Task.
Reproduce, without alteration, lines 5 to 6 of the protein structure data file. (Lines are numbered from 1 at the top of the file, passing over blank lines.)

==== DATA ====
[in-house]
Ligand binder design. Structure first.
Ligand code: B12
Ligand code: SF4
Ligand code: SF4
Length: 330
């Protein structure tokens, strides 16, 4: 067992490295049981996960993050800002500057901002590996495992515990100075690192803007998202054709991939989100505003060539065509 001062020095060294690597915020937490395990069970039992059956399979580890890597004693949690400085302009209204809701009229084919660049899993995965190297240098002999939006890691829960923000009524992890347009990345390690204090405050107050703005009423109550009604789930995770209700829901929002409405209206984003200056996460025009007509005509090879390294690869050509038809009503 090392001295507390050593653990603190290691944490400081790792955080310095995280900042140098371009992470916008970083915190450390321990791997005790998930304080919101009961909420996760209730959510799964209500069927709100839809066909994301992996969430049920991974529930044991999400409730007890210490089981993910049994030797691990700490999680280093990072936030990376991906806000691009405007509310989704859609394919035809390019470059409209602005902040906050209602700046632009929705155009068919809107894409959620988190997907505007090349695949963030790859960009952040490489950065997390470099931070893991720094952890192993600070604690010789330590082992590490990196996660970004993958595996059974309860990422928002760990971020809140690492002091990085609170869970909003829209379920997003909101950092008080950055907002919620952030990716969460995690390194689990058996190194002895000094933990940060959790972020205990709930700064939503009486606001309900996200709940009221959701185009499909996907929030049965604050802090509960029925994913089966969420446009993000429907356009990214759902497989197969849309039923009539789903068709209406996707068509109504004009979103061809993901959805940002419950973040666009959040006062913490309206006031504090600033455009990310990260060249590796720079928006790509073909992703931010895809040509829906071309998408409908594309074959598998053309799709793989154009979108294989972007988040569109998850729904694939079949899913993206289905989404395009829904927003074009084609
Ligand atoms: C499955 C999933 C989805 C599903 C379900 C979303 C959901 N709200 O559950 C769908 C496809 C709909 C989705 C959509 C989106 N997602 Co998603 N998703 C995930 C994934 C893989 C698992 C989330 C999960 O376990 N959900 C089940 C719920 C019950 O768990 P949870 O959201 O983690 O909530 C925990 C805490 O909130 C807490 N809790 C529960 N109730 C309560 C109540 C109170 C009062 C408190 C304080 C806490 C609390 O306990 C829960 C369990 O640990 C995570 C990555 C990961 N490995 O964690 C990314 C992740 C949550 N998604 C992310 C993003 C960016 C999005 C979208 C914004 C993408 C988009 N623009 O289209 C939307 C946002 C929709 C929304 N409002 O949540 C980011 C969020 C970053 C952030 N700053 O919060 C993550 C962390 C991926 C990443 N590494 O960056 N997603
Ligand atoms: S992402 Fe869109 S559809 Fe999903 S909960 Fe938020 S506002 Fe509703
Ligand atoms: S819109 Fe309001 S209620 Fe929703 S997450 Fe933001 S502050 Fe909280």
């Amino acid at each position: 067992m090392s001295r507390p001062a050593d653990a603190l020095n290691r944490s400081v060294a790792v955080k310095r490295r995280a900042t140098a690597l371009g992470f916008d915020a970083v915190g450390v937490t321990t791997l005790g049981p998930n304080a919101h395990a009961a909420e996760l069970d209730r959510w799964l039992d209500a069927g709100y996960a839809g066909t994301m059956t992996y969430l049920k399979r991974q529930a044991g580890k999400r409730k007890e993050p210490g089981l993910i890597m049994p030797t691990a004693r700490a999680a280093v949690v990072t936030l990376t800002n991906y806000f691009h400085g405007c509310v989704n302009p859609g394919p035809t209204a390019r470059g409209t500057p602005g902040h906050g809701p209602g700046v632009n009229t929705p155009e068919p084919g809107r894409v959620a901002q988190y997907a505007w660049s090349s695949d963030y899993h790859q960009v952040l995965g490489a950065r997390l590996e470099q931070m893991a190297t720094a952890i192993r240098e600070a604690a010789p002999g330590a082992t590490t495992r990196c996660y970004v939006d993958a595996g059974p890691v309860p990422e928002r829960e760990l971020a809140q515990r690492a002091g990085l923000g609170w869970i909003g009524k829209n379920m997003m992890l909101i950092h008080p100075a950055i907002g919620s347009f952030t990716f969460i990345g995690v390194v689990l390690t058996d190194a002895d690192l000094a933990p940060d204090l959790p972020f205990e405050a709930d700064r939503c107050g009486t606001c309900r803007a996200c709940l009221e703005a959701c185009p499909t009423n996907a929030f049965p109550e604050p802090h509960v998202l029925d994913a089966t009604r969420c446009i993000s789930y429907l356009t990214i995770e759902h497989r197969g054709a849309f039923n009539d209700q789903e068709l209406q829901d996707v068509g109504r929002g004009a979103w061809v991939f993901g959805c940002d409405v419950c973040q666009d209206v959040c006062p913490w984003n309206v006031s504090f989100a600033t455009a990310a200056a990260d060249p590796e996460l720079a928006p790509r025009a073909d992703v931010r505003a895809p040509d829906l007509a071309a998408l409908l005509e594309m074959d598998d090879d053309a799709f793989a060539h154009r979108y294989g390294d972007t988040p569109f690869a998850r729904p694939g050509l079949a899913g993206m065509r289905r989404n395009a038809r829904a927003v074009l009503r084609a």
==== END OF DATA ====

Ligand code: SF4
Length: 330